Today is World Mental Health Day and the theme for this year is Young People and Mental Health in a Changing World. World Mental Health Day aims to bring attention to the issues our young adults are facing in the world today and begin the conversation around what they need in order to grow up healthy, happy and resilient. To support World Mental Health Day, Drinkaware is highlighting the impact alcohol can have on a young person’s mental health and offer practical advice to help parents talk about this important issue.
The impact of alcohol on a young person’s mental health is significant and well-established. Young people who choose to drink alcohol to forget their problems or cope with tough times can often find the result is not what they had intended and in many cases, the problem they are trying to escape is magnified. Drinkaware research found that 1 in 5 Irish parents consider alcohol’s impact on mental health as the most important topic to include when talking about alcohol with their young people, compared to 1 in 10 in 2015.
In response to calls from parents for support in this area, Drinkaware has developed a booklet, ‘Young People, Alcohol and Mental Health’, to ensure parents can confidently discuss this issue. This booklet and other health promotion resources, including the Parent Pack, are available to order on our website.
Since its launch in April 2016, the Drinkaware Parents’ Campaign has reached over 2.5 million parents in Ireland through a dedicated parent website, social media, workshops and resources. Drinkaware continue to encourage parents to have an open conversation about alcohol with their children early and continue it often, and by doing so support their children in making informed decisions. Parents play a crucial role in delaying the age at which alcohol is introduced and it is important to have all the correct information to hand when having this important conversation.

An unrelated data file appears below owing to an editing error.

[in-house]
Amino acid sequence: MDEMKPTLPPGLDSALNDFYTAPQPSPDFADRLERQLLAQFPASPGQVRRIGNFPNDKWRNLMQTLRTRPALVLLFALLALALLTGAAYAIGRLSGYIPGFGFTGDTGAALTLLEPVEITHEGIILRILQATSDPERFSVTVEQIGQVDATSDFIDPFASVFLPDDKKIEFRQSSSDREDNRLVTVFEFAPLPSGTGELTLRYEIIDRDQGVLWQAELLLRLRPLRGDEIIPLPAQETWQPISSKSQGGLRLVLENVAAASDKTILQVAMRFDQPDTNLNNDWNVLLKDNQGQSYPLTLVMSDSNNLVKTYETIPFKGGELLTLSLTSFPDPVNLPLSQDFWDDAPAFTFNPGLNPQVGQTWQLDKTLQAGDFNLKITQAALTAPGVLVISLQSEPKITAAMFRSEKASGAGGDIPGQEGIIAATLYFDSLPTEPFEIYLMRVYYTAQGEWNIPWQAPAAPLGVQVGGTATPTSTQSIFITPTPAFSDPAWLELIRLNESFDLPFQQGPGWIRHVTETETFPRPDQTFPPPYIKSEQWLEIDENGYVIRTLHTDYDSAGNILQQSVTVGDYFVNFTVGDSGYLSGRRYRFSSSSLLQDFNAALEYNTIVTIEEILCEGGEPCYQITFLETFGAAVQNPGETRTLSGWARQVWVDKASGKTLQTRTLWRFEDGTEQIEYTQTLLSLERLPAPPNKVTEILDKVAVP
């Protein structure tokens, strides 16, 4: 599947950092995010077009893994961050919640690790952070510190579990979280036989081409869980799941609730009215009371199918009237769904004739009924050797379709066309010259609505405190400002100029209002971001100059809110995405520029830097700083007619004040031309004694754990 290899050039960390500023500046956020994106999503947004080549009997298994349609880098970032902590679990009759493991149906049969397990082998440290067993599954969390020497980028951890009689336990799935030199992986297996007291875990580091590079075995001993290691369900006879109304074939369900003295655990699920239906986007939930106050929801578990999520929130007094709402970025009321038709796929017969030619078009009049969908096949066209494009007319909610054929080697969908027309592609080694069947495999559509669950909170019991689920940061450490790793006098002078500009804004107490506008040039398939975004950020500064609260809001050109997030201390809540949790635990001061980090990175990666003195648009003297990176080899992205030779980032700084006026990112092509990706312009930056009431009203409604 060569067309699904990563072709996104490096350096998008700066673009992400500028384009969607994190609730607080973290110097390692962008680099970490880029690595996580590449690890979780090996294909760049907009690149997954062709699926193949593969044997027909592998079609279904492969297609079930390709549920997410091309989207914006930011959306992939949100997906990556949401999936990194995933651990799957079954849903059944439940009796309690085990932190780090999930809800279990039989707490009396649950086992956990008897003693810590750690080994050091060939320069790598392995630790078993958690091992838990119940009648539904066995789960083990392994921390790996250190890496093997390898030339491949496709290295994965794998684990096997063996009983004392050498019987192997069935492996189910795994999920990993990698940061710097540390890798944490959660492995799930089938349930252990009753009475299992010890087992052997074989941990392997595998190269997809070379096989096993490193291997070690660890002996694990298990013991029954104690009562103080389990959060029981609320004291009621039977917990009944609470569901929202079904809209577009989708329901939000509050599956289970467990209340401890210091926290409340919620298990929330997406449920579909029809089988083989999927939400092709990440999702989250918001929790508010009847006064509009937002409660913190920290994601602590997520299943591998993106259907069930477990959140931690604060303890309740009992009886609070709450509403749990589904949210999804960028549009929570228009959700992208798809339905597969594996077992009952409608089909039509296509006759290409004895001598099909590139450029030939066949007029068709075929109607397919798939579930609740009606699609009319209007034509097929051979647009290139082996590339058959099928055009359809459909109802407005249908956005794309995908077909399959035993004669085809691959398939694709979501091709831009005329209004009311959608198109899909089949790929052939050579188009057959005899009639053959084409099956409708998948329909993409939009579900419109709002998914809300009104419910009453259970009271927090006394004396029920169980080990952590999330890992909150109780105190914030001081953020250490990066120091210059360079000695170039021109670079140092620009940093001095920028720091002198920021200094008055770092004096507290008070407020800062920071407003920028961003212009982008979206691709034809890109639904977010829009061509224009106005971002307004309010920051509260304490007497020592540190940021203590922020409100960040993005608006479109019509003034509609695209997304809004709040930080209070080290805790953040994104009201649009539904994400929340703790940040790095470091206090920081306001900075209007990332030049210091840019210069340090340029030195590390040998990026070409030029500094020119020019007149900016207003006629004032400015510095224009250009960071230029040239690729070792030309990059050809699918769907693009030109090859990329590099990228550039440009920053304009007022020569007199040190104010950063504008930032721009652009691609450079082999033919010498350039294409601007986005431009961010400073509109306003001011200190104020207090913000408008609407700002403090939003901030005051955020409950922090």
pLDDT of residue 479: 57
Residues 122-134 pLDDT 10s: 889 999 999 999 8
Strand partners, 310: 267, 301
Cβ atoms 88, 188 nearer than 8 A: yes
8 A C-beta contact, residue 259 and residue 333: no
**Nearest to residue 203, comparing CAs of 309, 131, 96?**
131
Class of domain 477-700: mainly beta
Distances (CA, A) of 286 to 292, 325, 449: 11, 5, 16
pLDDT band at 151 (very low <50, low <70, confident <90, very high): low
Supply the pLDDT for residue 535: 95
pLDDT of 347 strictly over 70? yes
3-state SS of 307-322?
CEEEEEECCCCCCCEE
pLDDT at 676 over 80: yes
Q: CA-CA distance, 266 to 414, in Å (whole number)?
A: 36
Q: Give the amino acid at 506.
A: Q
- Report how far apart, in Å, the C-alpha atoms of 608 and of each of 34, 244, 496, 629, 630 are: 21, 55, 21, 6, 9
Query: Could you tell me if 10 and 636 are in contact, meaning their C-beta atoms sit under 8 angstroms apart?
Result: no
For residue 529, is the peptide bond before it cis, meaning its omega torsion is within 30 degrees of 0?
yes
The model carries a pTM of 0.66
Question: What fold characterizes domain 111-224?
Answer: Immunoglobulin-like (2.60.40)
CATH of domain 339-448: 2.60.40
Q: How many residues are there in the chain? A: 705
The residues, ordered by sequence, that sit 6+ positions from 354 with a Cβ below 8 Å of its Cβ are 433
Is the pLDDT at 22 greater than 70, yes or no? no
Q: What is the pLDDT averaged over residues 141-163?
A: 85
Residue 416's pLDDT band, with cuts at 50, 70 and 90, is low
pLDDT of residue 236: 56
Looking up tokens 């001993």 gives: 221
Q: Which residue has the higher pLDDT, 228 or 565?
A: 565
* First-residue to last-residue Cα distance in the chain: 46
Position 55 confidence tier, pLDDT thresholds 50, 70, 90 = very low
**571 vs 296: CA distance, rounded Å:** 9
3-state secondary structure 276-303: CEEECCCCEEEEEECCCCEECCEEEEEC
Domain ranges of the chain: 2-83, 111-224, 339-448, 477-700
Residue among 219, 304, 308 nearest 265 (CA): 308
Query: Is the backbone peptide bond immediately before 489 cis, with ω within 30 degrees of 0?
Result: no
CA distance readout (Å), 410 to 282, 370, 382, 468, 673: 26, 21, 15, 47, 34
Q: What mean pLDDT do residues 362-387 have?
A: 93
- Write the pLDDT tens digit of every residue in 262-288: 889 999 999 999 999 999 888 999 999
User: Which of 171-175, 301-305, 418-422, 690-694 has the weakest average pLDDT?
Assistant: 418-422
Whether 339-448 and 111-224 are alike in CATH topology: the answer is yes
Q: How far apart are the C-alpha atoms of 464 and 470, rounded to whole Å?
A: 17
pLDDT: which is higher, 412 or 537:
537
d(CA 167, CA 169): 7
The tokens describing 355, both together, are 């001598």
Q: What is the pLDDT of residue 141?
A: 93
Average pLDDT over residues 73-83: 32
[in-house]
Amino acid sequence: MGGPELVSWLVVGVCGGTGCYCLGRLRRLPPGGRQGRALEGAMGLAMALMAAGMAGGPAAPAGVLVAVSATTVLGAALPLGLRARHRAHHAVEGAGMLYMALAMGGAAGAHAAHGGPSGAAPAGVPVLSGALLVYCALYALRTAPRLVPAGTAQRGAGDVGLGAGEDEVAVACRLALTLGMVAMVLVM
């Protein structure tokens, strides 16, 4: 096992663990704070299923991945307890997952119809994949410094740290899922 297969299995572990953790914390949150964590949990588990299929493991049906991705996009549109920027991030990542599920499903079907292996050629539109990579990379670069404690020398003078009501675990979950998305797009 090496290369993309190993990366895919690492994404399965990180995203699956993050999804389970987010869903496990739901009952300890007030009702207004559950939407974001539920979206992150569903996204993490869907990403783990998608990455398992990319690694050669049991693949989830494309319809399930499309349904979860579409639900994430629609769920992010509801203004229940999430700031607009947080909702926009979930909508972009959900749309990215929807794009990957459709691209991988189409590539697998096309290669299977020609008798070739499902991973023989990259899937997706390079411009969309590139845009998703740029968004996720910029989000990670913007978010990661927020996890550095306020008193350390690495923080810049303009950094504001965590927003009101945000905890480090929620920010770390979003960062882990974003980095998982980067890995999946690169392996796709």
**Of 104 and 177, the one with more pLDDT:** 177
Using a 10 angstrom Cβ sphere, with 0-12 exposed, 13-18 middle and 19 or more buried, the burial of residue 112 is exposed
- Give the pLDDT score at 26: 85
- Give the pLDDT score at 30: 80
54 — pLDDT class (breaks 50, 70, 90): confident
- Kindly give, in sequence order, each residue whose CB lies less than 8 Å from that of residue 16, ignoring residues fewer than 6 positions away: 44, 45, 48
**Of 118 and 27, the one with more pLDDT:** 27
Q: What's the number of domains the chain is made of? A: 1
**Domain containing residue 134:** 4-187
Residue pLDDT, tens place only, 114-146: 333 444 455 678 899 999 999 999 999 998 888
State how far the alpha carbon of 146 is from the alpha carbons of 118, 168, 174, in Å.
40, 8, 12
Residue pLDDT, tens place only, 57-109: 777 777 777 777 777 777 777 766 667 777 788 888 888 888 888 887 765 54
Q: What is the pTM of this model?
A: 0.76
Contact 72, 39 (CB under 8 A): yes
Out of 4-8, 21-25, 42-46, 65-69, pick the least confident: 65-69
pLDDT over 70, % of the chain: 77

Drinkaware Communications & Marketing Manager, Miriam Taber, said:
“As a parent it is important to understand all the facts, so that children are aware of the risks associated with drinking from a young age. Some of the most worrying effects of early alcohol use include the development of mental health problems like anxiety and depression. When a young person turns to alcohol as a coping strategy, it prevents them from seeking help for their issues and learning the resilience skills they need to identify and deal with issues problems in the future.
We know that parents are the single strongest influence on their children’s attitudes and behaviours towards alcohol and we also know that parents are actively seeking information to talk about mental health. Supports like our new booklet can and should help to empower parents to have this all-important conversation about alcohol early and continue it often.”